Molecular techniques have made it possible to develop a tool for the species identifica- tion of the free living stages of the parasites (from egg to infective L3 stage) and, at thesame time, to diagnose resistance to BZ. In the future, this kind of molecular tool shouldbe further developed, for example within the framework of DNA chip technology. DNAchips are solid supports on which numerous cDNA oligonucleotides can be arrayed. Theypermit notably the detection of point mutations, and of gene deletions or insertions (see DeBenedetti et al., 2000). With a better understanding of the genetic determinant of the imi-dazothiazole and avermectin drugs, it is reasonable to imagine that DNA chips will allowspecies identification and the diagnosis of drug resistance in the free living stages of allparasites of economic importance.
Molecular techniques will also provide tools for the study of the development of resis- tance to BZ anthelmintics in worm populations. For the present, numerous questions onthose factors promoting the development of BZ resistance still need to be answered. Wehave focused mostly on the factors that give rise to increasing resistance, and have paidlittle attention to those factors that hinder its development. In this context, one of the mostintriguing questions is why in a few farms, from the same region and with a similar cli-mate and breeding management, BZ-resistant alleles remained present to a limited extent(<1%) despite the use of two or three BZ treatments per year. An integrated approachwith detailed studies of breeding management practices and of the dynamics of the threegenotypes (rr, rS and SS) might identify the key factors involved in the selection of BZresistance.
Another area in which molecular approaches to BZ resistance would be useful is the evaluation of strategies to reduce anthelmintic use or to substitute susceptible strains forresistant ones. In situations where no effective drug remains for controlling nematodes, thelatter solution will be the only one available (Van Wyk and van Schalkwyk, 1990). Theproblem in this particular case was to assess the result of substitution, because classicaltechniques were able to detect only 25–50% of resistant worms within the community.
PCR-based diagnostics would be of great utility. When the situation is not as catastrophicas the one described by Van Wyk et al. (1997) in South Africa, a critical use of the existingdrug can be planned. This involves the selective use of anthelmintics, either restricted to acategory of host (the most susceptible, such as lambs intended for meat production or goats J.F. Humbert et al. / Veterinary Parasitology 101 (2001) 405–414 in their first-lactation) or to selected individuals. The second solution appears very attractive,as the treatment of a few highly infected hosts should greatly reduce selective pressure on theanthelmintic. The only difficulty is in detecting highly infected hosts. Evaluation by repeatedfecal egg count is ruled out for economic reasons; in South Africa, where the blood suckingH. contortus is commonly present, the Famacha system has been used. This system isbased on a color chart with five color categories that are compared with that of the mucousmembranes of the eyes of the sheep. The animal is then scored from severely anemic tonon-anemic and those animals considered in danger of succumbing to H. contortus infectionare treated. The use of this method considerably reduces the number of treatments required(Van Wyk, personal communication, 1999) and very likely slows down the developmentof anthelmintic resistance. The method is valid in sites or at periods when H. contortus isthe main parasite. Another solution suitable for temperate areas is to detect hosts at risk,possibly by their growth rate and/or diarrhea scores (Cabaret, unpublished data). Selectivetreatment of hosts is a method that can be implemented rapidly, if the characteristics ofseverely infected hosts can be detected. Selection for host resistance to infection, on theother hand, is a long-term project. The value of such a susceptible host-based treatmentscheme could be evaluated only by means of the molecular technique we have developed;the classical techniques are very poor at detecting low level resistance (Martin et al., 1989),and PCR-based techniques can help accurately monitor any change in resistance, even atthe low levels which are the most important, when trying to control resistance. Resistancein nematodes of the digestive-tract of ruminants is probably one of the biggest challengesconfronting veterinarians and breeders. It is a challenge for production (ruminants), welfare(ruminants and horses) and zoonotic responsibility (several Trichostrongylus spp. are foundin humans from the tropics, and their elimination may depend on the same BZ drugs).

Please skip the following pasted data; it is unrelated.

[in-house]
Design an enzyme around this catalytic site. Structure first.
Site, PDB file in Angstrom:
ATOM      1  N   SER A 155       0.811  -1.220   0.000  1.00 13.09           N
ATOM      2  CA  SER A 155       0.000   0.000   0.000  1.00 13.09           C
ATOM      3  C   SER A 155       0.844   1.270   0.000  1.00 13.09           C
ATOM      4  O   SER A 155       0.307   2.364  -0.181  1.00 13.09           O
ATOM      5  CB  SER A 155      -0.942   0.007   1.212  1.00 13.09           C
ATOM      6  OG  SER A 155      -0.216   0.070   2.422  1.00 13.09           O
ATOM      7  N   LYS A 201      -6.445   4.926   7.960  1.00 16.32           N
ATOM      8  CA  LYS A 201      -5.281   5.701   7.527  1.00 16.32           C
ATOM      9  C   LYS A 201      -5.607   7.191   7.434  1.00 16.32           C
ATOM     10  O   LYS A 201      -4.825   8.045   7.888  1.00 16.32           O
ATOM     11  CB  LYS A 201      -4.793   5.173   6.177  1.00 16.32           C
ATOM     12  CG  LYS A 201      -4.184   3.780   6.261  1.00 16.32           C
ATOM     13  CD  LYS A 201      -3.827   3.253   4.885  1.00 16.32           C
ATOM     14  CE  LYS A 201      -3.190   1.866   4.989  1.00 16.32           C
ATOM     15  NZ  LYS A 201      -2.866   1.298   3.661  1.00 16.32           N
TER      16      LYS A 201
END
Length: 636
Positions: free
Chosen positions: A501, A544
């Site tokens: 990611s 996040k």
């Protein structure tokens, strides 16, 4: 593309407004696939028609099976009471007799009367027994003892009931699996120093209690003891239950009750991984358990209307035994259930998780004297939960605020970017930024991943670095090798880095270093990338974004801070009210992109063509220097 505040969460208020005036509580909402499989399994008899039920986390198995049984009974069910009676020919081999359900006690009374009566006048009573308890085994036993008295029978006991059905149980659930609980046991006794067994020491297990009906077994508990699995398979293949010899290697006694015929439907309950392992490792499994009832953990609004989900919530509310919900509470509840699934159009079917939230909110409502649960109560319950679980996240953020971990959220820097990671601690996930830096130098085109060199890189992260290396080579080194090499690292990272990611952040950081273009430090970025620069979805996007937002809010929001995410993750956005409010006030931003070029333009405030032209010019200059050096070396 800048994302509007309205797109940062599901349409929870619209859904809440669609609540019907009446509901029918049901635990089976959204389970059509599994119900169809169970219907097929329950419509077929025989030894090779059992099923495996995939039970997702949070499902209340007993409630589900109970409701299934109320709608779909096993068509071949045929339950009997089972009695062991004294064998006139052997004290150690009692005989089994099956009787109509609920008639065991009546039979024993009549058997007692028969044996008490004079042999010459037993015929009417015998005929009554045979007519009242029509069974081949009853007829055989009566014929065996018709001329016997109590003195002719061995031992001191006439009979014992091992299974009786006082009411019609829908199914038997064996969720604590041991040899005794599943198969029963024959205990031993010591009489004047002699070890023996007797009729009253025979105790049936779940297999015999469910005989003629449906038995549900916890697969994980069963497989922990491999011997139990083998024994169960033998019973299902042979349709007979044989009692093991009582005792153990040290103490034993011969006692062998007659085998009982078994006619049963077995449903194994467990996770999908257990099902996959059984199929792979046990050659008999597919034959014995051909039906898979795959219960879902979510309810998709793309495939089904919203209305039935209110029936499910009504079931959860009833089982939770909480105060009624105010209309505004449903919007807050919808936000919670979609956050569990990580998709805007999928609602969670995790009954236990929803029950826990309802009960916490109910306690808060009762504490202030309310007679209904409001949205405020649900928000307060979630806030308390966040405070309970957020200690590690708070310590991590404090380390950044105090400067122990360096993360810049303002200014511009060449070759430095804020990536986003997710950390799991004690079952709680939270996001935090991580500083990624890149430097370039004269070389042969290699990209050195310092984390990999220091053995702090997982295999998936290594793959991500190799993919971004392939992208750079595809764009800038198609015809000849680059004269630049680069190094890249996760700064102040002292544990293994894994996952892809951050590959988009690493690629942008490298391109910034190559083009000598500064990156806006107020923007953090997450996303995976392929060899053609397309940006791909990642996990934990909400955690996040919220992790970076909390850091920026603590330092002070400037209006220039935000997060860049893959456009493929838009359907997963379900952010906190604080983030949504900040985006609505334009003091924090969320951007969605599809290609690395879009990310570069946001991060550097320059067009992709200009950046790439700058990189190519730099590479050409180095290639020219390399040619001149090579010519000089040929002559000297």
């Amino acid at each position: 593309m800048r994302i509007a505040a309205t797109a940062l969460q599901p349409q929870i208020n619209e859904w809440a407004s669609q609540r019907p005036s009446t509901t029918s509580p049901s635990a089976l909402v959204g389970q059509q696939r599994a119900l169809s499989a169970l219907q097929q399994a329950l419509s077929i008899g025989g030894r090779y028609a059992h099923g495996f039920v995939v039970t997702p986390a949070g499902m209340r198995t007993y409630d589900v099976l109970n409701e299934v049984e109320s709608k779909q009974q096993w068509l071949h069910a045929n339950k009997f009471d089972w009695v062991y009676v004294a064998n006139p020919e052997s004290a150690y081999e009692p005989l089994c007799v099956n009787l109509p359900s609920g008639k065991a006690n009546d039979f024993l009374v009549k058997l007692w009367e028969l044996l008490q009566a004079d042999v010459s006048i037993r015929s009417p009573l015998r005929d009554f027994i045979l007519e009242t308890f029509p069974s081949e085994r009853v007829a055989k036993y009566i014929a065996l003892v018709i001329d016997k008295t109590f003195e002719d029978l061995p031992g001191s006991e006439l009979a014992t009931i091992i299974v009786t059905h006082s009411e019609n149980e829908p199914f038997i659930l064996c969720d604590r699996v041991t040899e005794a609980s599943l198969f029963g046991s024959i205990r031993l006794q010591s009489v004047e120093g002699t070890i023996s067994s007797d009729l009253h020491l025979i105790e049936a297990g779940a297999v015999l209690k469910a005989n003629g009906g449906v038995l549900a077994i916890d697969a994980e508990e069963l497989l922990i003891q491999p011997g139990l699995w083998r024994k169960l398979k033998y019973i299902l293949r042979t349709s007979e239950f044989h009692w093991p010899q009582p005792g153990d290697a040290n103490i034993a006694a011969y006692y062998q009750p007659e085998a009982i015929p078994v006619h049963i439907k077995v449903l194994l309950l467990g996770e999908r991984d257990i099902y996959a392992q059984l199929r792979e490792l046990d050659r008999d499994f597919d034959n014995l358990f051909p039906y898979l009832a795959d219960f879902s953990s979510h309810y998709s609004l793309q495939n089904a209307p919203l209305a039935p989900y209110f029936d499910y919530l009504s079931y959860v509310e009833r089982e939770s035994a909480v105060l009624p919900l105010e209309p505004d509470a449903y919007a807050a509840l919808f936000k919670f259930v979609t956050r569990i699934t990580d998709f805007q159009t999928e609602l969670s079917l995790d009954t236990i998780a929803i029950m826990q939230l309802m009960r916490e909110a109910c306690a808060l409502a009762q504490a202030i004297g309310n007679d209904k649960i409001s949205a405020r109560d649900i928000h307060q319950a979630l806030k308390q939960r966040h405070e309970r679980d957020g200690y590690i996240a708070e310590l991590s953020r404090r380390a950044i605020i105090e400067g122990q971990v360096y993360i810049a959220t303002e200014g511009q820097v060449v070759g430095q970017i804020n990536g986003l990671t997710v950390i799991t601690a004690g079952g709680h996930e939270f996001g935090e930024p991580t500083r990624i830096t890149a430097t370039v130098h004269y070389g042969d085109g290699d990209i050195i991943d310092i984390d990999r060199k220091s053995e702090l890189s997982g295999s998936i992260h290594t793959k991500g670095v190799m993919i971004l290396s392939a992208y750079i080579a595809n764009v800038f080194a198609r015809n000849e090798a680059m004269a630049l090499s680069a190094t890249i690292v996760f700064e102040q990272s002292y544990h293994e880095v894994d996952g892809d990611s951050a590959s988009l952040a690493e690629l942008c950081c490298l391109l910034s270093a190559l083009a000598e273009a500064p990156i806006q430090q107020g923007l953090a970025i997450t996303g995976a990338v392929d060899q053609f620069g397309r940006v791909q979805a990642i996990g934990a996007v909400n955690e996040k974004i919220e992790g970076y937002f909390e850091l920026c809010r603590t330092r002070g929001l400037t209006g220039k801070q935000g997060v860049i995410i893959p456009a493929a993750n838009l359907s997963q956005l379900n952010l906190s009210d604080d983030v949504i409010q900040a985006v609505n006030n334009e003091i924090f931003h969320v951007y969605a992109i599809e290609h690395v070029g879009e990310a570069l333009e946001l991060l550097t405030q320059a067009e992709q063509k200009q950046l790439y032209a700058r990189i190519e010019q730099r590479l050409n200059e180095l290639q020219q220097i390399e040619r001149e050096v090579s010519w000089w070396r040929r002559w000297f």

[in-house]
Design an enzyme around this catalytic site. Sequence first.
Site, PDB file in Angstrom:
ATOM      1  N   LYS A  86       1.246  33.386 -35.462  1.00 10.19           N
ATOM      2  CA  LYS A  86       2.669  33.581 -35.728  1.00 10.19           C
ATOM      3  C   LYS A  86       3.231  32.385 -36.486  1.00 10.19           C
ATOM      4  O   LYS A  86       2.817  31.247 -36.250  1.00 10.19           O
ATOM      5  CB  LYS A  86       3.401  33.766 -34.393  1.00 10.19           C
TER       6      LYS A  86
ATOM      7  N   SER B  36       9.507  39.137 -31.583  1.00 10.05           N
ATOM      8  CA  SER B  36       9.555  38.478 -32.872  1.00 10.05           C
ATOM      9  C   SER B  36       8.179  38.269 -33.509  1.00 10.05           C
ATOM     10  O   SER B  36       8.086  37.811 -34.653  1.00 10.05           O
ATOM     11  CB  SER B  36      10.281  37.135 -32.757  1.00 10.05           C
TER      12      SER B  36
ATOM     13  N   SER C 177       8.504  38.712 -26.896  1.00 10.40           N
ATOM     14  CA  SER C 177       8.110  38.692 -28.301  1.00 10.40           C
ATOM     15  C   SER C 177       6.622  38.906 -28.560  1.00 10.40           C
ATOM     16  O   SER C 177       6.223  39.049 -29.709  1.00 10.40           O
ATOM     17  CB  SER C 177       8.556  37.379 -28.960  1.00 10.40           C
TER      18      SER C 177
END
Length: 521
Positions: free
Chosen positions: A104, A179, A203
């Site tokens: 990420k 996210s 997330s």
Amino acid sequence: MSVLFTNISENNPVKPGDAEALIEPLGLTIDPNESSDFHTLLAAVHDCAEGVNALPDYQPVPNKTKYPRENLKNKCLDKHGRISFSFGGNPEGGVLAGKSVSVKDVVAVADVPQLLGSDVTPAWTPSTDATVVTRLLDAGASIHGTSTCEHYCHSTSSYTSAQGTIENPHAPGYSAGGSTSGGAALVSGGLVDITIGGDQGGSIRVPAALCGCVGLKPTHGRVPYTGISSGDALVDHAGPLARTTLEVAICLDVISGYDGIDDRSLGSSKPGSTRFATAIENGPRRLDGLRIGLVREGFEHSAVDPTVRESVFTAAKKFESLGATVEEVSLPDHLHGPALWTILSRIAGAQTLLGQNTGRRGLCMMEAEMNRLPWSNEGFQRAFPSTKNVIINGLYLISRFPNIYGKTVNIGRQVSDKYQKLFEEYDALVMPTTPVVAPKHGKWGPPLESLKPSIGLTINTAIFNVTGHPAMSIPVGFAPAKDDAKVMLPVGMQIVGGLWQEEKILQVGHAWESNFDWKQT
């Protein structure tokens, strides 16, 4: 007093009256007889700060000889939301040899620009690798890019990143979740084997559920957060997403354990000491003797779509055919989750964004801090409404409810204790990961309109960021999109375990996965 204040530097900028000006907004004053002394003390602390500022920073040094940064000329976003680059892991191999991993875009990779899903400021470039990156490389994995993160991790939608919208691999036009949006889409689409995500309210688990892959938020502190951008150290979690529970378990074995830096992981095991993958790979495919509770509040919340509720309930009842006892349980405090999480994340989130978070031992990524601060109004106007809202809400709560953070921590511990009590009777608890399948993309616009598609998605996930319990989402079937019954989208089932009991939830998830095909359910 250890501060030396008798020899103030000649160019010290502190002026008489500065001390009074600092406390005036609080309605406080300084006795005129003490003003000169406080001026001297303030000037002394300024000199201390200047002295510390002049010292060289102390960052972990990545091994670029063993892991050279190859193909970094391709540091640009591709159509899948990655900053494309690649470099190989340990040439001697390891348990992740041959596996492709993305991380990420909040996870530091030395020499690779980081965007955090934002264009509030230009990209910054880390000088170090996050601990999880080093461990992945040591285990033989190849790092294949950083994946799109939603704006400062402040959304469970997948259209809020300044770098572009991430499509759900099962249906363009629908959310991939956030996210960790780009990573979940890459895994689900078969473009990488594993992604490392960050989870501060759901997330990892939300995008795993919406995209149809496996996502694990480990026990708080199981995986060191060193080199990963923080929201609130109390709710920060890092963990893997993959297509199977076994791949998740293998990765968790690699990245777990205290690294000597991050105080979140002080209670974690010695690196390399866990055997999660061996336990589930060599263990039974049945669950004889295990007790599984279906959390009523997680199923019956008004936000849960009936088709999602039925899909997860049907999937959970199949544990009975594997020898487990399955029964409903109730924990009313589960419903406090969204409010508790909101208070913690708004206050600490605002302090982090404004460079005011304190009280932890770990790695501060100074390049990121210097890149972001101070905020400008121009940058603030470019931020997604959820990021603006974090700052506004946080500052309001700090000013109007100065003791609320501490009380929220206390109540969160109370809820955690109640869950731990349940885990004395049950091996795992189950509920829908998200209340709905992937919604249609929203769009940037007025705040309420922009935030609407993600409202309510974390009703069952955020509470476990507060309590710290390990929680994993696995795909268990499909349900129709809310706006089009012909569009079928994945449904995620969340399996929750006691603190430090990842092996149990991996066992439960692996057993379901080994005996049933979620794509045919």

The excellent technical help of C. Sauvé and J. Cortet is acknowledged. P. Dorny (Gent Veterinary Faculty, Belgium) kindly provided unpublished data on H. contortus.
A French–South Africa joint program offered the opportunity of a wider insight into theextent of the resistance problem and possible resources to fight it. Discussions with J. VanWyk (Onderstepoort Veterinary Institute, Republic of South Africa) played an importantpart in reaching this insight. The organic farming project in Auvergne (INRA-Theix) madeit possible for us to make preliminary tests of the simple detection (Famacha or diarrheascores) of nematode-susceptible lambs. Most of the data on resistance presented here wereobtained with the financial help of “Bureau des Ressources Génétiques”, “Biotechnocentre”in French Centre Region, and French Ministry of Research (Ph.D. grants to LE and VL).
The English text was edited by Geoff Watts and Owen Parkes.
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Approximate seed count (raw): 7,400 to 7,600 Soil temperature: 71 to 73°F (21 to 22°C) Light: Up to 2,500 f.c. (26,900 Lux) Moisture: Reduce soil moisture slightly (level 3 Key flowering facts: to 4) to allow the roots to penetrate into the • Vernalization: not required but beneficial as Fertilizer: Apply fertilizer at rate 1 (less than 100 flowering will occur 2 to